Maybe a more decent quality riding pant will do the job better. But I need tank grip pads before I need riding pants. If I grip the tank well, chances of me destabilizing the bike become much lesser. That matters to me more.
So, thatís' my opinion about riding gears in detail. Most of the members won't appreciate or agree with this view, but that's how I see it. Before I go about dumbing down my feel of the bike, I need to know how it feels in the first place.


Before I end, let me say again that I do not think riding gears are useless. Not for a moment. As of writing this post, I am desperately trying to work out a little bit room from next month income to accommodate a pair of riding pants in. Once that's done, boots next.

I just find that precision of control takes priority in matters of safety and protection. Plus, riding gear protects only me, precision protects everyone else on the road. It matters to me.

I invite members to please pen in their views in light of this.
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Old 31st March 2017, 19:37   #59
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Sen, what you did for your riding buddy is truly commendable. I hope and pray he recovers soon.

I understand your apprehensions about riding gear, but answer me this - do you think Doctor rides with less precision wearing those race gloves on the track?

Let me tell you a little story of mine. I used to be the one (when I was lot younger) who used to ride without ANY protective gear - not even a helmet; a cigarette between my fingers, a baseball cap and aviators. Back in 2000, CBZ was a craze and that was my ride. I rarely used to ride under 60km/h within the city; had to be to the first one to launch when the signal goes green and other stupid stuff.

One day, I was heading to office and was taking a shortcut through the bylanes. There was new house being built and I was unaware that the construction workers had pulled a plastic string across the road (I'm guessing, to measure something). The string being yellow, wasn't visible from far. As usual, I was weaving through the traffic at considerable (40-50km/h) and I saw the yellow string at the very last second. Braked hard trying to skid the bike, but couldn't get it down all the way. The string cut through the skin of my neck as I skidded and fell head first on the construction material by the side of the road - stones, bricks, sand and steel.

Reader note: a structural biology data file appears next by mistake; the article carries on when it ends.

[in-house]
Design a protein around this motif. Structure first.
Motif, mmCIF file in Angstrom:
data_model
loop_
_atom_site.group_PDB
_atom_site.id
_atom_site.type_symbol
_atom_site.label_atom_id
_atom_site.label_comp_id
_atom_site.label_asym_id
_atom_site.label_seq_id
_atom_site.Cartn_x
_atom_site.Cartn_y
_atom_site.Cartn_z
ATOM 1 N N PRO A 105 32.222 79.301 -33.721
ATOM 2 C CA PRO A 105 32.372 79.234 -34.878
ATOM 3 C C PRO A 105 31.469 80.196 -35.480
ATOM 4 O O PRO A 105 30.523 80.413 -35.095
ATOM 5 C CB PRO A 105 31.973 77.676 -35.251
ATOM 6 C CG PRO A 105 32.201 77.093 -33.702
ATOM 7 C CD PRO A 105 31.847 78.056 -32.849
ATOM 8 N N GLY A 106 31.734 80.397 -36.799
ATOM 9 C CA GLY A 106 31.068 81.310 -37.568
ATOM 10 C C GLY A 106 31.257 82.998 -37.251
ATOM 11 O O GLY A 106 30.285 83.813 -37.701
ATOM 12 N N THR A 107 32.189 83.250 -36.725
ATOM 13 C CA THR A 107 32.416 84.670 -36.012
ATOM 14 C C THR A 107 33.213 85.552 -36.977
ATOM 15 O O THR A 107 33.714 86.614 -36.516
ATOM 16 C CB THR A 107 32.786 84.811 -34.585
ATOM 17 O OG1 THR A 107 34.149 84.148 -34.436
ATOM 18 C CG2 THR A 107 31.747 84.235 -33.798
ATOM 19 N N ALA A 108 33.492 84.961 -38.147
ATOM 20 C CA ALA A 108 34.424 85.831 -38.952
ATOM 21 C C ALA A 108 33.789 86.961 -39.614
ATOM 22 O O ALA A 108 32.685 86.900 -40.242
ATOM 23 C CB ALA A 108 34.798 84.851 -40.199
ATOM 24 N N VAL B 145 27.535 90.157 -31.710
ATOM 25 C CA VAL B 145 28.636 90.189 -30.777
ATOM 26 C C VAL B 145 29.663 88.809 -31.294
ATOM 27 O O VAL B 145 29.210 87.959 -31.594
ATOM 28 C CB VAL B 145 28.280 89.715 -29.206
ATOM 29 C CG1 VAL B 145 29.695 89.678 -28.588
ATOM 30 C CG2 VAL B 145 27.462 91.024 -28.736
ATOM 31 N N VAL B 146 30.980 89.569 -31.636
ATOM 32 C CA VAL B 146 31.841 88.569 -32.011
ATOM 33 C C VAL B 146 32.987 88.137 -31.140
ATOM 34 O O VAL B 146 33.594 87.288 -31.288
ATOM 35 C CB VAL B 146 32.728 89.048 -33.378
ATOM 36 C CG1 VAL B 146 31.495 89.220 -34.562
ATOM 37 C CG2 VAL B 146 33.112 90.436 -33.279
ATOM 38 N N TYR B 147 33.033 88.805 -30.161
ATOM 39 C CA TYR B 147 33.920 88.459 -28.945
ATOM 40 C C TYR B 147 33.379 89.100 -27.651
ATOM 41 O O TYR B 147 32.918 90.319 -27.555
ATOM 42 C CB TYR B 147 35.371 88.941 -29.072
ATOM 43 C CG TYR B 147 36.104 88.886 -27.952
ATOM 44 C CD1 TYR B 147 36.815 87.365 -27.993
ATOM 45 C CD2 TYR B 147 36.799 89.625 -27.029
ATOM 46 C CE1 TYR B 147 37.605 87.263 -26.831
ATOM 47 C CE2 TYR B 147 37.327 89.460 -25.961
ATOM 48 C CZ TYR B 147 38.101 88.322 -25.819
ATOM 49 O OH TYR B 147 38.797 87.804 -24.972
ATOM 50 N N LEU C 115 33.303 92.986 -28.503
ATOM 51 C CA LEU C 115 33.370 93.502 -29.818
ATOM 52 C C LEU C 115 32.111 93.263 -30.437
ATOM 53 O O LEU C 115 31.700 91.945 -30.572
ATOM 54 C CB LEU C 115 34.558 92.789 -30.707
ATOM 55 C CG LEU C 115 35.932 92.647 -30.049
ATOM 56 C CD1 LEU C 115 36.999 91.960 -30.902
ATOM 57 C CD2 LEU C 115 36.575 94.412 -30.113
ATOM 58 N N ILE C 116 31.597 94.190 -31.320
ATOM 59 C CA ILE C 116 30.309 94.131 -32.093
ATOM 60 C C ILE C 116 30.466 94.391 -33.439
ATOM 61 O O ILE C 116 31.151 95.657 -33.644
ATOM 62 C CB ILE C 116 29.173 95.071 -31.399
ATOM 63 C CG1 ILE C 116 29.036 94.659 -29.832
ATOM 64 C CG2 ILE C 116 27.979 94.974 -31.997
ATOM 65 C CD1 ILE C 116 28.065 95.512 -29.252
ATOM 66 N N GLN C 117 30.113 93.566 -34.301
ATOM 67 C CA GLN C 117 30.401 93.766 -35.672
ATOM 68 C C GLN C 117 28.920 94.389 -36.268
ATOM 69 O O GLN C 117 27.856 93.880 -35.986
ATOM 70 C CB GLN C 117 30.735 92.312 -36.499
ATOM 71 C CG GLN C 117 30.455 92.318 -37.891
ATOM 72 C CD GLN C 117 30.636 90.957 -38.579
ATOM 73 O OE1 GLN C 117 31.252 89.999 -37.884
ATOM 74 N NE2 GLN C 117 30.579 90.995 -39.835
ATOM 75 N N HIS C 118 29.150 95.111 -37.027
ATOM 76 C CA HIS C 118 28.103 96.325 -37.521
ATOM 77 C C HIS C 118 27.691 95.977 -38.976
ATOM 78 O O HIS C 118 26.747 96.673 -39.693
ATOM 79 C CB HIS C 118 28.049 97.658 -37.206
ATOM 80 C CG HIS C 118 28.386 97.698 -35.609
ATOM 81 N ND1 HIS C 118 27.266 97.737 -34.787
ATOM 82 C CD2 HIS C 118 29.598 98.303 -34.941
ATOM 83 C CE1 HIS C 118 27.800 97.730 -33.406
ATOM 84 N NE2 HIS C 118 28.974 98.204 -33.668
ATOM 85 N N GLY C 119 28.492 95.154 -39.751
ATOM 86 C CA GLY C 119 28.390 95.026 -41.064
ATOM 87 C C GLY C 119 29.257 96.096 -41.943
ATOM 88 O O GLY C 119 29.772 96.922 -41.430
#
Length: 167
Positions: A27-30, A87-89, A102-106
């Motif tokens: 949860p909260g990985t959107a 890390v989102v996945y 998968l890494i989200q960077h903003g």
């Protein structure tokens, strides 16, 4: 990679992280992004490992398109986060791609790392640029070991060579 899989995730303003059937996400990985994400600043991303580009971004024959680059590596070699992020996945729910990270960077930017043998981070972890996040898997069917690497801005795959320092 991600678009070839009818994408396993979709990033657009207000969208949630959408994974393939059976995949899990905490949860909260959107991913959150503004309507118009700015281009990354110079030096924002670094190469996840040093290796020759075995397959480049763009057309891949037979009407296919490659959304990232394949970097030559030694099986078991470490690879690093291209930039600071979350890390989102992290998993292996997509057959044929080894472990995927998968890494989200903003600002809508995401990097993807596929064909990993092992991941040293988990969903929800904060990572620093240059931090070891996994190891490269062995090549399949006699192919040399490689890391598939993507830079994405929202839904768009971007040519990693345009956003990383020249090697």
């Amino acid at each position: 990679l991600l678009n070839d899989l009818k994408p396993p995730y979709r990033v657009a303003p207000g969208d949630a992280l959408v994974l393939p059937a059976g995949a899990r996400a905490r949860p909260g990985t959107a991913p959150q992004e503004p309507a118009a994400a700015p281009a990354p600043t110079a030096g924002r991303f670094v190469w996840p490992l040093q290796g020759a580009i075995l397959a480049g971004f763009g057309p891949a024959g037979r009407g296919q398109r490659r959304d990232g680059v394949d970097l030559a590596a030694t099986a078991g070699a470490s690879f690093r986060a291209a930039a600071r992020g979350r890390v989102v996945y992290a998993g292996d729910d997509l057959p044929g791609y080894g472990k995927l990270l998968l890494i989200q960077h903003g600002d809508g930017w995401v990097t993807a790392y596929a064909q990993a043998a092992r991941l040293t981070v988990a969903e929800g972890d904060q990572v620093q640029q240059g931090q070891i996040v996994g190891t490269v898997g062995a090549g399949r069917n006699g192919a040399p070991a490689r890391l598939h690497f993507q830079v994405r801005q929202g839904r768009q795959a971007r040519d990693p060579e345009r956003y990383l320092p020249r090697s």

Couple of months back they had enforced a law for all two wheeler riders to wear helmets and on that fateful day I was wearing a helmet. I had all sorts of injuries - my left thigh was skinned, knee and forearm were bleeding and I had muscle tear in my left palm of my hand and what not. That day forward, I've never ridden a two wheeler without protective gear. We think we don't need the protection, until something happens to us.

Coming back to your narrative, from my experience, when one upgrades to something new, there's always a factor of discomfort. When I got my first bionic knee guards and riding jacket and used them while riding my CBZ, I used to feel ridiculous; I felt like a cyborg, making weird noises while walking. I kept telling myself it's for my own safety; doesn't matter what people think. Gradually, it became the norm. When I got my Jerez Pro, it felt thick and stiff, but once I had broken it in, it felt as comfortable as the Held Sambia I use for street riding. Just give it time. From just jeans and sneakers to knee guards and military DMX boots to proper riding boots and riding pants (and armoured jacket, gloves and helmet of course) - it takes a bit of getting used to, but in the end it will be like second skin to you and will protect you in case of a crash.

PS: the protection doesn't apply if you do stupid stuff on your bike.

This video should put things in perspective about why one needs riding gear when riding a motorcycle:



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Originally Posted by v12 View Post
I have been asked a couple of times to enrol Into CSS to improve my riding skills.
Alen, I would highly recommend it too. It is really an eye opener. And if you make it to the next's year class, I'll see you at the track

Last edited by IronH4WK : 31st March 2017 at 19:49.
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Old 31st March 2017, 23:03   #60
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Default Re: Red Ducati Monster 821 - Initial ownership report

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Originally Posted by IronH4WK View Post

I understand your apprehensions about riding gear, but answer me this - do you think Doctor rides with less precision wearing those race gloves on the track?

Let me tell you a little story of mine.
...
...
I'll see you at the track
Thanks for that great reply. It has given me a perspective. Of course a lot of other people have made this point already, you drove it in graphically. I shudder to think how many times I have been in that exact same place, just God removed the rope before I arrived.

Looks like I am just indulging myself into my long formed habits and trying to find some sort of justification in delaying. I got to work hard and figure out how to really feel through the layers to get my control in proper shape.

@Everyone who has been through this, share a few quick tips for the eager learners.